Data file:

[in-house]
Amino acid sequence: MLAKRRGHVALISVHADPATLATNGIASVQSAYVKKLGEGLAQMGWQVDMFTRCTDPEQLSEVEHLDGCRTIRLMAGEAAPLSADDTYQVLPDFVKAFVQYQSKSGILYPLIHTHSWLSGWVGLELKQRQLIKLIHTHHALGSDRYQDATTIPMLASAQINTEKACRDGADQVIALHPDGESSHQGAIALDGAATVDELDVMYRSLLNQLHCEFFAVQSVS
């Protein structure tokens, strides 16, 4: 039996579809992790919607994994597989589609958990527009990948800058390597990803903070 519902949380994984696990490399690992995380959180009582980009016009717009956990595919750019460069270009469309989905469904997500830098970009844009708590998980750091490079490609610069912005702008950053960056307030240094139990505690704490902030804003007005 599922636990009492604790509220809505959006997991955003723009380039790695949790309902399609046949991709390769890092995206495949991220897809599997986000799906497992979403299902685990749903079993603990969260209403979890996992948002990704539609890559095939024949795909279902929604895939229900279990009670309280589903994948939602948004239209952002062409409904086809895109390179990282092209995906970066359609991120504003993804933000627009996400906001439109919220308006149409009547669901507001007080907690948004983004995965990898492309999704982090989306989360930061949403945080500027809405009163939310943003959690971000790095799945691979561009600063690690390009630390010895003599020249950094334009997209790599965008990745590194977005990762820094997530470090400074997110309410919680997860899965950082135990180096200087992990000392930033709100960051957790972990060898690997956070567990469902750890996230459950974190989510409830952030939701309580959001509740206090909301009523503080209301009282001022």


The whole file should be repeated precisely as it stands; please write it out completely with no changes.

[in-house]
Amino acid sequence: MLAKRRGHVALISVHADPATLATNGIASVQSAYVKKLGEGLAQMGWQVDMFTRCTDPEQLSEVEHLDGCRTIRLMAGEAAPLSADDTYQVLPDFVKAFVQYQSKSGILYPLIHTHSWLSGWVGLELKQRQLIKLIHTHHALGSDRYQDATTIPMLASAQINTEKACRDGADQVIALHPDGESSHQGAIALDGAATVDELDVMYRSLLNQLHCEFFAVQSVS
């Protein structure tokens, strides 16, 4: 039996579809992790919607994994597989589609958990527009990948800058390597990803903070 519902949380994984696990490399690992995380959180009582980009016009717009956990595919750019460069270009469309989905469904997500830098970009844009708590998980750091490079490609610069912005702008950053960056307030240094139990505690704490902030804003007005 599922636990009492604790509220809505959006997991955003723009380039790695949790309902399609046949991709390769890092995206495949991220897809599997986000799906497992979403299902685990749903079993603990969260209403979890996992948002990704539609890559095939024949795909279902929604895939229900279990009670309280589903994948939602948004239209952002062409409904086809895109390179990282092209995906970066359609991120504003993804933000627009996400906001439109919220308006149409009547669901507001007080907690948004983004995965990898492309999704982090989306989360930061949403945080500027809405009163939310943003959690971000790095799945691979561009600063690690390009630390010895003599020249950094334009997209790599965008990745590194977005990762820094997530470090400074997110309410919680997860899965950082135990180096200087992990000392930033709100960051957790972990060898690997956070567990469902750890996230459950974190989510409830952030939701309580959001509740206090909301009523503080209301009282001022």